CHARLOTTE — Jeff Gordon will leave the Fox Sports booth to take a daily role at Hendrick Motorsports as vice chairman and the second-ranking team official to majority owner Rick Hendrick.
Wednesday’s announcement positions the four-time champion and Hall of Famer to one day succeed the 71-year-old Hendrick at the top of NASCAR’s winningest organization.
Gordon will formally begin the executive management role at the start of 2022.
“Jeff and I have talked about this for many years and I feel it’s a natural evolution for him and our company,” Hendrick said. “He understands our culture, our values, and the importance we place on our people and our partnerships. I couldn’t be more energized about working arm-in-arm with him and cementing the future of Hendrick Motorsports together.”
Gordon joined Hendrick Motorsports for the final Cup race of the 1992 season and launched one of the greatest careers in NASCAR history. He won 93 races — third on the all-time list — and four Cup titles before retiring in 2015.
He joined the Fox Sports booth the next year but maintained an active role with the team as Hendrick’s only partner in the 13-time championship organization. Gordon became an equity owner at Hendrick in 1999 and was listed as co-owner of the No. 48 car when it was created in 2001 for seven-time NASCAR champion Jimmie Johnson.
“I cannot put into words what Hendrick Motorsports means to me,” Gordon said. “It’s my home and the people here are my family. I’ve never lost my passion for the organization, for our sport, and for the sheer challenge of racing and winning at the highest level.”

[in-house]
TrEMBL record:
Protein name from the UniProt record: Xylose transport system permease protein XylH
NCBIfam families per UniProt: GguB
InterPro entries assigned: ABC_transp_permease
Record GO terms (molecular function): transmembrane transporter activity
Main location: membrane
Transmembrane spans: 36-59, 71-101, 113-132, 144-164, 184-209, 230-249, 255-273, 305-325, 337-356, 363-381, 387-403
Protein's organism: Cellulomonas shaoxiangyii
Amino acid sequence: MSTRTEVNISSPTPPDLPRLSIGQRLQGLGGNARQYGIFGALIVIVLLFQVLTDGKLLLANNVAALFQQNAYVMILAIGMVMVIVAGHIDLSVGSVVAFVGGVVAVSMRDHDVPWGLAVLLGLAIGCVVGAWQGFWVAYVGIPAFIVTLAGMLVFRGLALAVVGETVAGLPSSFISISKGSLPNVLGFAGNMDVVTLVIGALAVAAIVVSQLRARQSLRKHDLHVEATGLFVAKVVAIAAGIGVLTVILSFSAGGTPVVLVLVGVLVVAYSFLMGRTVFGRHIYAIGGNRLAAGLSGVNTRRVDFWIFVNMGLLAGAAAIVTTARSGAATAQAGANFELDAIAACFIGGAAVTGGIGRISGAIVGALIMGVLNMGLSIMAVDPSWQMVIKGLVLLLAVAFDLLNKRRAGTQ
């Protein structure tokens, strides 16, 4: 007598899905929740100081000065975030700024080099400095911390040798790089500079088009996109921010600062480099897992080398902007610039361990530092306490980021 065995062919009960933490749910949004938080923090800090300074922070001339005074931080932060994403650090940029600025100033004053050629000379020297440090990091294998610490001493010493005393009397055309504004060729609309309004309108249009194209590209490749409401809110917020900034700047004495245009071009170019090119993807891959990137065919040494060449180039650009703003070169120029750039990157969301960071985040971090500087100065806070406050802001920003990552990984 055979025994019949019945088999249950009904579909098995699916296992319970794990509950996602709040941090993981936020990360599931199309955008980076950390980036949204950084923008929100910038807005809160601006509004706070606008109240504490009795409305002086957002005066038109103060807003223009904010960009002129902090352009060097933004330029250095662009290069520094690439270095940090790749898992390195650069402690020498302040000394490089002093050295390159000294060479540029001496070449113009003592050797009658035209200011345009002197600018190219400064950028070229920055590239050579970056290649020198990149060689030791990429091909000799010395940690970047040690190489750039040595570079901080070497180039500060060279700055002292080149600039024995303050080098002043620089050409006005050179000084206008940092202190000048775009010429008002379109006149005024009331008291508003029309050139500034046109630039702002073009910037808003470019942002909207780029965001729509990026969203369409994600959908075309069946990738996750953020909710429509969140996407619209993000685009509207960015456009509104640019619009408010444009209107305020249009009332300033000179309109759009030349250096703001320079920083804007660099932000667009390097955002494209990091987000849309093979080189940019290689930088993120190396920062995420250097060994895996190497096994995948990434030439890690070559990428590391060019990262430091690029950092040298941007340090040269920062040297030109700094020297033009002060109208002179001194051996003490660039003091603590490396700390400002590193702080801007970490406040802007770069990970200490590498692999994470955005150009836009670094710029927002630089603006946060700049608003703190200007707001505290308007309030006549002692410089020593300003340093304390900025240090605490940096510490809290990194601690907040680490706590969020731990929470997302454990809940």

Gordon was also active in bringing Kyle Larson into the Hendrick organization this year following Larson’s almost season-long NASCAR suspension for uttering a racial slur during a virtual race. Larson has been to victory lane in four consecutive Cup races and leads the Cup Series with four points wins. Hendrick drivers have won six consecutive races dating to the May 16 victory at Dover by Alex Bowman, who took over the No. 48 this season following Johnson’s move to IndyCar.
“I’ve always been impressed with his business instincts. On some level, he’s been involved in every major decision we’ve made over the last two decades, and his influence has continued to grow since he stopped driving,” Hendrick, who is also CEO of Hendrick Automotive Group, said of Gordon.
As vice chairman and co-owner, Gordon will work daily with the team, focusing on the organization’s competition and marketing groups. He will report to Rick Hendrick and work alongside president Marshall Carlson and general manager Jeff Andrews.
Gordon will also join Hendrick on NASCAR’s team owner council and assume Hendrick Motorsports’ seat on the sanctioning body’s diversity, equity and inclusion committee.
“Being part of the competition is where I’m happiest and feel I can make the biggest contribution to the continued, long-term success of the team,” Gordon said. “Rick and I have a shared vision, which is based on the values he’s instilled, the culture he’s built and our desire to be the very best in all categories, on and off the track.”
Hendrick Motorsports becomes the first team in NASCAR to publicize its long-term succession plan. The ownership group of the top Cup teams is not young: Roger Penske is 84, Joe Gibbs is 80, Jack Roush is 79 and Richard Childress is 75.
Hendrick turns 72 in July; Gordon turns 50 in August.
“I love racing and competing, and Jeff is the only person I know who hates to lose as much as I do,” Hendrick said. “I feel great physically and have no plans to go anywhere anytime soon, which is exactly why it’s the right time.”
Hendrick last month passed Petty Enterprises as the winningest team in NASCAR history when Larson scored the 269th Cup victory for HMS. He’s since won two more points races to push the total to 271 victories.
Gordon will continue to work as a Fox broadcaster through the end of the year.